Portsmouth provides a superb
natural harbour, strategically sited in relation to the continent of
Europe and protected from prevailing south-westerly winds by our island.
We believe that as early as 400bc there was a Dockyard at its head
around what is now the Porchester area where the ancient Britons had a
Around 287AD, the Romans made the fortress their main naval base and
built Portchester castle. 600 years later, King Alfred is thought to
have built his fleet in this area using Portchester castle as his base.
In the early 13th century there was a creek and a millpond in Portsmouth
that ran from the harbour just north of what is now Gunwharf. King John
kept his ships here and vessels were pulled up at high tide and allowed
to ground. At low tide, a wall would be built across the mouth of the
creek to keep out the returning tide.
In 1212, King John commanded the sheriff of Southampton “to cause our
docks at Portsmouth to be enclosed by a good and strong wall……..……….and
use as much despatch as you can, in order that the same may be completed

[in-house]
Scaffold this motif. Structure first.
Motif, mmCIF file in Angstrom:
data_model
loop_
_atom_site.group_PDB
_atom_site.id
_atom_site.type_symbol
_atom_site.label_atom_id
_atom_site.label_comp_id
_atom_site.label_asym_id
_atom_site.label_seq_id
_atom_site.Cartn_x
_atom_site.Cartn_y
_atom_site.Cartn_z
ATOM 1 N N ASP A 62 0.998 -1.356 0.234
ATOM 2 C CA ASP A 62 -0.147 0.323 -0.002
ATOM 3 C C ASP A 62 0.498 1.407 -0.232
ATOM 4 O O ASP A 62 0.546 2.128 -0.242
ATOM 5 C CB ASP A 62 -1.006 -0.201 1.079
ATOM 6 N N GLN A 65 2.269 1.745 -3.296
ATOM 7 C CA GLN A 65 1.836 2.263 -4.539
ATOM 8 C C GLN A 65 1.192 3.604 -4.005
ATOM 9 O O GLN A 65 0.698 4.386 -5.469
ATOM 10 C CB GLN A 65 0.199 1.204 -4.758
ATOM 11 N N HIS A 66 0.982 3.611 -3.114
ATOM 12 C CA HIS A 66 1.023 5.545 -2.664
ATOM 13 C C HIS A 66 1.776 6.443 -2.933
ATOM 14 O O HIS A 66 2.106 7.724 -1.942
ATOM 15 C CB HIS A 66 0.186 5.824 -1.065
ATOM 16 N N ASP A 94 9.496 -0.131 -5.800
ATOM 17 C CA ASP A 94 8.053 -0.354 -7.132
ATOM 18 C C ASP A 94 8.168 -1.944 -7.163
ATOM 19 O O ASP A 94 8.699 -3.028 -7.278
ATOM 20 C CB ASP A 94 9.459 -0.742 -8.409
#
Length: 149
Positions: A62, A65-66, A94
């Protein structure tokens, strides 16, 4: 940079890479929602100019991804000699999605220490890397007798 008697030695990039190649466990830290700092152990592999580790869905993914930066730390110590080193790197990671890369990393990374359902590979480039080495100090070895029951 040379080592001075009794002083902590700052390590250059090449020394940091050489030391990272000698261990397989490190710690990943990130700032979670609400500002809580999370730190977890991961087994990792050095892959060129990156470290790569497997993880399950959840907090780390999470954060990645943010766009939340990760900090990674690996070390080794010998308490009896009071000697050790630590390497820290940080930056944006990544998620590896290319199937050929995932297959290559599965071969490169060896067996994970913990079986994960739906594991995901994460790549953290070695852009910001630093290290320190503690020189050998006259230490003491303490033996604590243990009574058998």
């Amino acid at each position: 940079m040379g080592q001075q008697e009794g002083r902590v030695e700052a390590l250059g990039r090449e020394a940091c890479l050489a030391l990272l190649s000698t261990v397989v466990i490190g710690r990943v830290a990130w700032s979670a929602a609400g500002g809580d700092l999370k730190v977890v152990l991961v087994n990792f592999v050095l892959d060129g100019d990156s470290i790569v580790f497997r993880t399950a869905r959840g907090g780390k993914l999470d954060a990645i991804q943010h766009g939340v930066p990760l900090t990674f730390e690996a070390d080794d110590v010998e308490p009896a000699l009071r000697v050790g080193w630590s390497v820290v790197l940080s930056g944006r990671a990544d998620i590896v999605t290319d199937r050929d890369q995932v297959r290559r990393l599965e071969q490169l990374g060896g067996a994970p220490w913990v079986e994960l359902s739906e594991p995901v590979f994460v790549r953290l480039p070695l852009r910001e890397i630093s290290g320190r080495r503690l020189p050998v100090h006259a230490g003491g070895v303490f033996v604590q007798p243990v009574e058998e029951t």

this summer lest in the ensuing winter our ships and galleys and their
rigging should incur damage by your default”. Storehouses were built
against this wall and there we have as near as we can paint a picture of
the first dockyard in Portsmouth. No royal ships were built yet but the
King’s sailing vessels and galleys were frequently under repair with
timber brought from the forest of Portchester. Skilled carpenters and
shipwrights had to be recruited from the Cinque ports.
John’s dock did not have a long life. In 1228 it was seriously damaged
by the sea and was filled- in. In 1265, Portsmouth was burnt and cargoes
in the port were seized by the barons of the Cinque Ports who resented
the growing importance of the village.
Towards the end of the 13th century, Edward II divided the shores of
England into three sections, appointing one third of his ships to each
part. Portsmouth became the headquarters of the southern division under
the command of Sir William de Seybourne, the first man in England to be
called an admiral.